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Bigeminal rhythm VI.


DIAGNOSIS: Sinus rhythm with 3:2 second degree atrioventricular (A-V) block, Type I, with the first QRS of each Wenckebach period conducted via an A-V bypass tract; left atrial enlargement.

A common cause of a bigeminal rhythm is 3:2 A-V block, and Type I block is more frequent than Type II. (1) What is unusual about this ECG is that the first QRS of each Wenckebach period is wide (0.17s) and has prominent delta waves in virtually all leads suggesting ventricular preexcitation via an A-V bypass tract, probably anteroseptal in location. The P-R interval preceding each wide QRS is normal (0.16 to 0.17s as measured in lead II), rather than the short P-R of both the initial description by Cohn and Frazer in 1913 (2) and the more complete description in 1930 by Wolff, Parkinson, and White of their eponymous syndrome (3) that was subsequently determined to be due to ventricular preexcitation.4,5 Thus, antegrade conduction in the bypass tract is slower than usual, but it is faster than the A-V nodal conduction that is slowed by A-V nodal dysfunction.

The refractory period of A-V bypass tracts often is long, which is the basis of the initiation of orthodromic A-V reciprocating tachycardia when an atrial premature complex blocks in the bypass tract and is conducted down the A-V node. In this patient, the absence of manifest conduction in the bypass tract of the second or third P waves of each Wenckebach period suggests that the refractory period of the bypass tract is unusually long. This and the slow antegrade conduction in the bypass tract may have kept it concealed until A-V nodal dysfunction uncovered it.

Another explanation for the arrhythmia is escape-capture bigeminy with the wide QRS being a ventricular escape complex that just happens to follow closely the first P wave of each Wenckebach period and just happens to have a delta wave in virtually every lead.

The cause of the atrioventricular block in this elderly man is unknown. Second and third degree A-V block are more frequent in elderly than in young patients. (1) Furthermore, donepezil hydrochloride (Aricept), a drug commonly used in patients with Alzheimer's disease, has been reported to cause high-grade A-V block as well as symptomatic sinus bradycardia, presumably due to its inhibition of acetylcholinesterase. (6,7) Stopping the drug has reversed the bradyarrhythmias in the patients reported, and the drug was stopped for four weeks in the patient described here. Unfortunately, the second degree A-V block, Type I, persisted, and donepezil hydrochloride was restarted.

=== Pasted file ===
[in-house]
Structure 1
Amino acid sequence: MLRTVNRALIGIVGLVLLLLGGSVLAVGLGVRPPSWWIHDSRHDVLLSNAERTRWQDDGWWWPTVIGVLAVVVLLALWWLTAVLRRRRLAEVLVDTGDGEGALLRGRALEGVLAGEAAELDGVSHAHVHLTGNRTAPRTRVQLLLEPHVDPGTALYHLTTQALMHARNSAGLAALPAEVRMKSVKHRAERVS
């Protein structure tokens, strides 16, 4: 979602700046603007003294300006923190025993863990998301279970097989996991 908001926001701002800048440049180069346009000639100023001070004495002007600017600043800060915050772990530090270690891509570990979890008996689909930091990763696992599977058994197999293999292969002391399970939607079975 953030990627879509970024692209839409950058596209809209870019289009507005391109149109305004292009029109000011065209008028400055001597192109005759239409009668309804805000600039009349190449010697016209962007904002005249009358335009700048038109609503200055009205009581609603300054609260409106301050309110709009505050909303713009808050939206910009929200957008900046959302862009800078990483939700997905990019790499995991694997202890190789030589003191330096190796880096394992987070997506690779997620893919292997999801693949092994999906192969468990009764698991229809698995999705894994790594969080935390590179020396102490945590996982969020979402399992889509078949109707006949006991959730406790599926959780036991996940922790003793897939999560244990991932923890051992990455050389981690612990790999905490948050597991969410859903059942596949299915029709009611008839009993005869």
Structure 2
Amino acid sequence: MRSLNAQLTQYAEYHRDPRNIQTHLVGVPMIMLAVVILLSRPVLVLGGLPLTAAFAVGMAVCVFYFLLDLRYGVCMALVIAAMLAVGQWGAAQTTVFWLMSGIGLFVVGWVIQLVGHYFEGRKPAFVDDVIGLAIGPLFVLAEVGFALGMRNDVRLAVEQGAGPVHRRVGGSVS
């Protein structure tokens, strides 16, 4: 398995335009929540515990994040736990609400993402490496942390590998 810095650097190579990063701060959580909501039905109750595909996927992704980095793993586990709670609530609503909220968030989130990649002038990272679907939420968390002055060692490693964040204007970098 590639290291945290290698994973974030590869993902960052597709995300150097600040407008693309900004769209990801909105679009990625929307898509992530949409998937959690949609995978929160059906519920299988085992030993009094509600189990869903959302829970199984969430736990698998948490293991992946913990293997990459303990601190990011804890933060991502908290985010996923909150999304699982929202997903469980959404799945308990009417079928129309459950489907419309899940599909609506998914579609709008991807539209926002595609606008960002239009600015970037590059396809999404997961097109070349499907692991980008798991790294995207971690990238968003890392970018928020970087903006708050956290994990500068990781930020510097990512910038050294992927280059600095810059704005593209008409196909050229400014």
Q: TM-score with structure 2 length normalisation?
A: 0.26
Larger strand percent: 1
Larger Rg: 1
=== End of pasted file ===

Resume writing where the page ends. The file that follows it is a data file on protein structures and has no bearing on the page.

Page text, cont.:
(1.) Kastor JA. Atrioventricular block, in Kastor JA. Arrhythmias, Philadelphia, WB Saunders 1994:145-200.

(2.) Cohn AE, Frazer PR. Paroxysmal tachycardia and the effect of stimulation of the vagus nerves by pressure. Heart 1913;5:93-105.

(3.) Wolff L, Parkinson J, White PD. Bundle branch block with short P-R interval in healthy young people prone to paroxysmal tachycardia. Am Heart J 1930;5:685-704.

(4.) Holzmann N, Scherf D. Ueber Elektrokardiogramme mit verkuerzter Vorhof-Kammer-Distanz und positiven P-Zachen. Z Klin Med 1932;121:404.

(5.) Wood FC, Wolferth CC, Geckeler GD. Histologic demonstration of accessory muscular connections between auricle and ventricle in a case of short P-R interval and prolonged QRS complex. Am Heart J 1943;25:454-462.

(6.) Suleyman T, Tevfik P, Abdulkadir G, et al. Complete atrioventricular block and ventricular tachyarrhythmia associated with donepezil. Emerg Med J 2006;23:641-642.

(7.) Tanaka A, Koga S, Hiramatsu Y. Donepezil-induced adverse side effects of cardiac rhythm: 2 cases report of atrioventricular block and torsade de pointes. Inter Med 2009;48:1219-1223.

Bashar Obeidou, MD; Gary E. Sander, MD; and D. Luke Glancy, MD

Dr. Obeidou is a fellow and Dr. Sander is a professor in the Tulane University Heart and Vascular Institute; Dr. Glancy is a professor in the Section of Cardiology, Department of Medicine, Louisiana State University Health Sciences Center, New Orleans.
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Title Annotation:ECG of the Month
Author:Obeidou, Bashar; Sander, Gary E.; Glancy, D. Luke
Publication:The Journal of the Louisiana State Medical Society
Article Type:Report
Date:Jan 1, 2011
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